Steely Dan is an American jazz rock band founded by core members Walter Becker (guitars, backing vocals) and Donald Fagen (keyboards, lead vocals) in 1972. Blending elements of jazz, R&B, traditional pop, and sophisticated studio production with ironic and cryptic lyrics, the band enjoyed critical and commercial success starting from the early 1970s until breaking up in 1981. Rolling Stone has called them "the perfect musical antiheroes for the Seventies". Steely Dan reunited in 1993 and has toured steadily ever since. Becker died on September 3, 2017, leaving Fagen as the only official member.
Recorded with a revolving cast of session musicians, Steely Dan’s music is characterized by complex jazz-influenced structures and harmonies. Becker and Fagen are whimsical, often sarcastic lyricists, having written "cerebral, wry and eccentric" songs about recreational drugs, love affairs, gambling, and crime. The pair is also known for their near-obsessive perfectionism in the recording studio: Over the year they took to record Gaucho (1980), an album of just seven songs, Becker and Fagen hired at least 42 studio musicians and 11 engineers.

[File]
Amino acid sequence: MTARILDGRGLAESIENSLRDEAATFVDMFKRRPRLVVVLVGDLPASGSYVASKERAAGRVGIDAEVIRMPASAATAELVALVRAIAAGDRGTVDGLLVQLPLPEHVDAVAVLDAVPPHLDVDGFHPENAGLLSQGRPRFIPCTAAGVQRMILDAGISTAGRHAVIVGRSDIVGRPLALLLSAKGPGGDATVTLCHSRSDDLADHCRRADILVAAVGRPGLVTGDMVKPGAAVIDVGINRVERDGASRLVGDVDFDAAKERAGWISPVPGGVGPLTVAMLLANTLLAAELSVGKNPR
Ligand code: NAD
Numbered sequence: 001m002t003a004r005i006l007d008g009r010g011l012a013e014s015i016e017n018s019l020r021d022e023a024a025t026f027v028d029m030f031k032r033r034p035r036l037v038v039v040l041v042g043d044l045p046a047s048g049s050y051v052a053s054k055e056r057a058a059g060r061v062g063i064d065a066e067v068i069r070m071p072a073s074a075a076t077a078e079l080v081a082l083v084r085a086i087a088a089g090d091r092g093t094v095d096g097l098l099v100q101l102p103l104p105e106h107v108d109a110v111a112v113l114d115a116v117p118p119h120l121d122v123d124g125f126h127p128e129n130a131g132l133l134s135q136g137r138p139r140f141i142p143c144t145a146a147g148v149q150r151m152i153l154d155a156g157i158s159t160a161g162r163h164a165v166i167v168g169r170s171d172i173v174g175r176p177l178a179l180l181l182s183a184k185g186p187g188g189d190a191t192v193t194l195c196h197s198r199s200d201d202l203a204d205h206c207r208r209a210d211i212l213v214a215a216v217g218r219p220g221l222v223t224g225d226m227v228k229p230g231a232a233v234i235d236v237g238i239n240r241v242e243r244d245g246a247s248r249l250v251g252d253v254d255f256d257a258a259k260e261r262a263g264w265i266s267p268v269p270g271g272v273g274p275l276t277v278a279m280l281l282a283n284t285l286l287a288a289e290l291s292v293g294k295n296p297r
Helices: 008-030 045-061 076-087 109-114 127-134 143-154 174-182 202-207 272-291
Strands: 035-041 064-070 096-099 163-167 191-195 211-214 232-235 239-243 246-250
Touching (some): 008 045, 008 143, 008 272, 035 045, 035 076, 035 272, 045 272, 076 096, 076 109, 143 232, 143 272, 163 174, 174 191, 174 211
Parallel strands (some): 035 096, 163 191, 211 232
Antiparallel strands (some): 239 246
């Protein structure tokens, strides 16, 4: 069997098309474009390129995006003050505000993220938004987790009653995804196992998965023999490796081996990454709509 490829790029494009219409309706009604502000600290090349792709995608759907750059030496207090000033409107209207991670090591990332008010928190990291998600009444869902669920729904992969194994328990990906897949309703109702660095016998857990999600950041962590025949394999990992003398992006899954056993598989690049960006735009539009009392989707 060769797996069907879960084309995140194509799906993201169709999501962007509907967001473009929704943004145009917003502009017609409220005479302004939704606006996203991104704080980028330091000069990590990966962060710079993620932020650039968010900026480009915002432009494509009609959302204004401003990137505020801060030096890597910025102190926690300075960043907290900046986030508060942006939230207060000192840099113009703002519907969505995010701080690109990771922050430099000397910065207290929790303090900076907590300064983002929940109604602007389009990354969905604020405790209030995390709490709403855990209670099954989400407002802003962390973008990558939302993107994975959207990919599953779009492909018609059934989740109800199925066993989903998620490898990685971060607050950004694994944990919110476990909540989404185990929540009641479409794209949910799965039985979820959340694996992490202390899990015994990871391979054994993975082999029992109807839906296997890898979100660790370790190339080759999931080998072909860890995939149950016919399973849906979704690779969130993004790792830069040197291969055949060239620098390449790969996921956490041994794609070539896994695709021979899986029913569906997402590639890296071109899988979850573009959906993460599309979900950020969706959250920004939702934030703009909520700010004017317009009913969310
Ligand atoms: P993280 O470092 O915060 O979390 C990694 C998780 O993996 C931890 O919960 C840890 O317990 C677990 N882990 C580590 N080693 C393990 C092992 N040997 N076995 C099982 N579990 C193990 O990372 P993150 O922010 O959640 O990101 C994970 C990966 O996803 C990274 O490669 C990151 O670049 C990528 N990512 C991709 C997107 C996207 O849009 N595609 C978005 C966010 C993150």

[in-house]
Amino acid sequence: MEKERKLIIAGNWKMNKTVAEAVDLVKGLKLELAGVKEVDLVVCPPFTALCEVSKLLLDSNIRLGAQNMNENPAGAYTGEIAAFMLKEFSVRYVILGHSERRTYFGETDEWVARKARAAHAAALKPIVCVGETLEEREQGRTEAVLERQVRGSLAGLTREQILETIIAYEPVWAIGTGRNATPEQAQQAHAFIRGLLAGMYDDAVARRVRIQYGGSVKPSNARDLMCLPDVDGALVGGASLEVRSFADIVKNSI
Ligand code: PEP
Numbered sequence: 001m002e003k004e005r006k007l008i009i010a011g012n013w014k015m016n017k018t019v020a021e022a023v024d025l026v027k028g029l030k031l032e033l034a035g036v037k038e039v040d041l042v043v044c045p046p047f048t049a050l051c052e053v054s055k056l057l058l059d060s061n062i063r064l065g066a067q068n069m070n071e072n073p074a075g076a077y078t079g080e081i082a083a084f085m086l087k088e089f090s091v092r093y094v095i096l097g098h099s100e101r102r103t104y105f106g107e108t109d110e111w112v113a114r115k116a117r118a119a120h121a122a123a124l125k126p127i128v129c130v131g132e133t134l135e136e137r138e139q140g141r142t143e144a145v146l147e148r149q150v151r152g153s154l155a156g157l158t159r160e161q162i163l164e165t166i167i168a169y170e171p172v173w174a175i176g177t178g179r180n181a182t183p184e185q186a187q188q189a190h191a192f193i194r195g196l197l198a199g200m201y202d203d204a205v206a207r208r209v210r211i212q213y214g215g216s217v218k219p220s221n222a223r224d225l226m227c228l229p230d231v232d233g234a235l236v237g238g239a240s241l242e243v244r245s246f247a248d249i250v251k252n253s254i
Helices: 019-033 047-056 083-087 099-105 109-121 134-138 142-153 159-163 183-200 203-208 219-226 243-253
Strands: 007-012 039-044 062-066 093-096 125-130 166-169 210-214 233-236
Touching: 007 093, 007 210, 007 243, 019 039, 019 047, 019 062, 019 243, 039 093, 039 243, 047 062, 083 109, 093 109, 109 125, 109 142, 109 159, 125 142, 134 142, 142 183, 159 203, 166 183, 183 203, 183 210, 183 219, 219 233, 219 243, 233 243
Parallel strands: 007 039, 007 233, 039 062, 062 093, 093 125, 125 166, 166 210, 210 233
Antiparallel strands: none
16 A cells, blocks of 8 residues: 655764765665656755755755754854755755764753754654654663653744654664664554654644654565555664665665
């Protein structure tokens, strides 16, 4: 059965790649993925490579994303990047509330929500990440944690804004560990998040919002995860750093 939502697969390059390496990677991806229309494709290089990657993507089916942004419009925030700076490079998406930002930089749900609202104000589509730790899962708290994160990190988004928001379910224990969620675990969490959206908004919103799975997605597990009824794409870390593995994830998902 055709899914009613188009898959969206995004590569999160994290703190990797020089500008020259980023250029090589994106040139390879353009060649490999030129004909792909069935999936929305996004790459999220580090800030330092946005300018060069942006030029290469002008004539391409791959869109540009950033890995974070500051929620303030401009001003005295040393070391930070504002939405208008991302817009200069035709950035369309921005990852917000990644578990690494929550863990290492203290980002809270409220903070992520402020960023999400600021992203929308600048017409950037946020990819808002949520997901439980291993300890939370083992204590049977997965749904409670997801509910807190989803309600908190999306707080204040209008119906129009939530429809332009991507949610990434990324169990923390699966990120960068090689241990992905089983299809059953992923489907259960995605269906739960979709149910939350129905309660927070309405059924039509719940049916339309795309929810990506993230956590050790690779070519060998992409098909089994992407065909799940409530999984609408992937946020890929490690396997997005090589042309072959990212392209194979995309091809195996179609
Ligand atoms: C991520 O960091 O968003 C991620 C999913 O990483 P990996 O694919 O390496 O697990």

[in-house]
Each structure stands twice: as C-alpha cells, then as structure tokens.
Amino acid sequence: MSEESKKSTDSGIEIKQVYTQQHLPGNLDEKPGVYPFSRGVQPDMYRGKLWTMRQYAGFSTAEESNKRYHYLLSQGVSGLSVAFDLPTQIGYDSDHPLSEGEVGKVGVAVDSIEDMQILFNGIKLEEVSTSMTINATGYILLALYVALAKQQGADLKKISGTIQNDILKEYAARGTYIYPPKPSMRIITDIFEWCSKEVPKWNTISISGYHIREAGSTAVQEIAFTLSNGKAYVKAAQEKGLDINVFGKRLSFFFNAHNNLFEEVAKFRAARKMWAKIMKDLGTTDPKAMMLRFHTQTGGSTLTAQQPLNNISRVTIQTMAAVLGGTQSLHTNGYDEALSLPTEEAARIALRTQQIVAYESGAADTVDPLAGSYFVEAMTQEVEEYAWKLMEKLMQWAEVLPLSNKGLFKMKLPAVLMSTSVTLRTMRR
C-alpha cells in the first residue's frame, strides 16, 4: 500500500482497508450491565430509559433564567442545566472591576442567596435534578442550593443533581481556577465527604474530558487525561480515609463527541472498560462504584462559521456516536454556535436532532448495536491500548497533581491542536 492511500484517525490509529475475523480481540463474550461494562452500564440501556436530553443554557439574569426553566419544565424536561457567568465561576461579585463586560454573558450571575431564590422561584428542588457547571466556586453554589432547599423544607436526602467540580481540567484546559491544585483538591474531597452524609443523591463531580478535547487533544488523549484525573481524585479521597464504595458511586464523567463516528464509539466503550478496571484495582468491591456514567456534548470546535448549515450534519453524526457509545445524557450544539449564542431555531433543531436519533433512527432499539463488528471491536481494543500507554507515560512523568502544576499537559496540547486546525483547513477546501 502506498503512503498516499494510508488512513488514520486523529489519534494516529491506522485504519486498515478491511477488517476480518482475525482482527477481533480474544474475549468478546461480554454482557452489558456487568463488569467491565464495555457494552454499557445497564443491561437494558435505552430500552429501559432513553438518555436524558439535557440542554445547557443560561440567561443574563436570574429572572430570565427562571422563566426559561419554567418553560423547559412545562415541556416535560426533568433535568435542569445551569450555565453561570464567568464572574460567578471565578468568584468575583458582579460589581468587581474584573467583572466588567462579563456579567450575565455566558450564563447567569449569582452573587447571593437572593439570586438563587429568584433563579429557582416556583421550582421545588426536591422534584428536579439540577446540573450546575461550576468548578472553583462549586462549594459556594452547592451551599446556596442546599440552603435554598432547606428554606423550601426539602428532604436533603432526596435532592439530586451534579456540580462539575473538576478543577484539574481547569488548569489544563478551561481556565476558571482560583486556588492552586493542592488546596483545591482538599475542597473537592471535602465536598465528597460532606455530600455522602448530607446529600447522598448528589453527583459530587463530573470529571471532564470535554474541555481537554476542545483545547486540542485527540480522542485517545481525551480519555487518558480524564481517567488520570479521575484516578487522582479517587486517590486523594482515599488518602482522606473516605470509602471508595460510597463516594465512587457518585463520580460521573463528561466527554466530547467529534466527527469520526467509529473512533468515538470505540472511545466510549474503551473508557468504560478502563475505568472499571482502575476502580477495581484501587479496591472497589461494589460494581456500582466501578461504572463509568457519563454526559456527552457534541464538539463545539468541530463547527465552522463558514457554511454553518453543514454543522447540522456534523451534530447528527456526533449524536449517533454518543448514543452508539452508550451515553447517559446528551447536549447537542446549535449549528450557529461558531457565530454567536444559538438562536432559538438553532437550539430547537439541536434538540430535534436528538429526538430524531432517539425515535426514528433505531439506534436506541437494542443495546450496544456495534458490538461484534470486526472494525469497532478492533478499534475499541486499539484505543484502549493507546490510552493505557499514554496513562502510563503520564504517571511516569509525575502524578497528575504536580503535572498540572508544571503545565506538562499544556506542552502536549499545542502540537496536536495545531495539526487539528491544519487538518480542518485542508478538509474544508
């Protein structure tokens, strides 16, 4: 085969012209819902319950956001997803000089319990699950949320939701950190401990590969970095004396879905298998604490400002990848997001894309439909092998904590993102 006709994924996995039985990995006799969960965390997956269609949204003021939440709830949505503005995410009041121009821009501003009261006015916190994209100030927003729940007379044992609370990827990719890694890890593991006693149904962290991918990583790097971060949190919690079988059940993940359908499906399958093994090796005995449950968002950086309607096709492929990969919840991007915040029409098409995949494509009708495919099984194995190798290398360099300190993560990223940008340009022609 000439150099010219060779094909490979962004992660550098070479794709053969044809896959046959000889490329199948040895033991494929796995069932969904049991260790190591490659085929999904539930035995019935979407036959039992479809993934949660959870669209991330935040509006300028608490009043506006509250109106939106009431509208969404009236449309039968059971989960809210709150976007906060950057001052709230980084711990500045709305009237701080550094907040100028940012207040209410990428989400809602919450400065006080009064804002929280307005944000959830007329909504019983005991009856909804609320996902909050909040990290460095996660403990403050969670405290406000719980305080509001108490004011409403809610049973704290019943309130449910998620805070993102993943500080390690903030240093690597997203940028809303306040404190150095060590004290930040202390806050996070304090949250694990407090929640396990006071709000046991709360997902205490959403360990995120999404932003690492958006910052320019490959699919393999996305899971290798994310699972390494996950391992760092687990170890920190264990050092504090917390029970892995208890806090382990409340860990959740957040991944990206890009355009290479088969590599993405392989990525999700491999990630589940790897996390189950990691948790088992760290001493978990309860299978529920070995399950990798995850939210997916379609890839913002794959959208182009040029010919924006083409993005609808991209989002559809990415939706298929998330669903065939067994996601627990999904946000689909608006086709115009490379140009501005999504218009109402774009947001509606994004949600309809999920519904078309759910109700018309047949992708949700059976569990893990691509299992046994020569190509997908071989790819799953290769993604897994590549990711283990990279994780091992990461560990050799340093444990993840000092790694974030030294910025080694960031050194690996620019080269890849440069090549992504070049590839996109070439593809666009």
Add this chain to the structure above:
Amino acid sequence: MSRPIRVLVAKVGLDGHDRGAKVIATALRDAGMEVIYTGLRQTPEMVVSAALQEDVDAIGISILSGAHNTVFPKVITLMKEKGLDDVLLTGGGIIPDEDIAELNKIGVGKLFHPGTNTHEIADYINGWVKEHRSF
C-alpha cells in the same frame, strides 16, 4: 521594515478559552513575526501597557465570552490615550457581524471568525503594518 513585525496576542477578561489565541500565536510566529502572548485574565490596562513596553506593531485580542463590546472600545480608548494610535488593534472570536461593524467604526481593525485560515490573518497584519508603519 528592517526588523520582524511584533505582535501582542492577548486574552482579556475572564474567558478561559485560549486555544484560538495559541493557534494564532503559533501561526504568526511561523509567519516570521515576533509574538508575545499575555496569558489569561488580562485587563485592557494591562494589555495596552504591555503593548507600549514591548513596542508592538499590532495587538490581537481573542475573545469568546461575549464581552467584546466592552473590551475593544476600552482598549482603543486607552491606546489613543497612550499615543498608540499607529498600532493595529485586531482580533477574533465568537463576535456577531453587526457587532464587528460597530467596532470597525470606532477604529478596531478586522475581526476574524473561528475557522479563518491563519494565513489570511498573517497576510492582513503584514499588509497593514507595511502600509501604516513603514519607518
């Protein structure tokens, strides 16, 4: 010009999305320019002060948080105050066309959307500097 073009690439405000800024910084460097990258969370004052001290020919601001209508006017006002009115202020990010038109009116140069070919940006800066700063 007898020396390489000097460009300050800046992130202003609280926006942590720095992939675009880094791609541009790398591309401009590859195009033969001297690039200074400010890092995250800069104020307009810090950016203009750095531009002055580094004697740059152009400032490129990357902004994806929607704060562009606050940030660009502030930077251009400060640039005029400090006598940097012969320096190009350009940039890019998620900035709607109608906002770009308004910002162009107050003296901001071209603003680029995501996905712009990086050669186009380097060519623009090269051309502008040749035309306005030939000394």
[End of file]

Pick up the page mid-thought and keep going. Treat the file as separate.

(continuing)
Steely Dan toured from 1972 to 1974 before retiring from live performances, becoming a studio-only band. After the group disbanded in 1981, Becker and Fagen were less active throughout most of the next decade, though a cult following remained devoted to the group. Since reuniting in 1993 Steely Dan has released two albums of new material, the first of which, Two Against Nature, earned a Grammy Award for Album of the Year. They have sold more than 40 million albums worldwide and were inducted into the Rock and Roll Hall of Fame in March 2001.
VH1 listed Steely Dan as one of the 100 greatest musical artists of all time.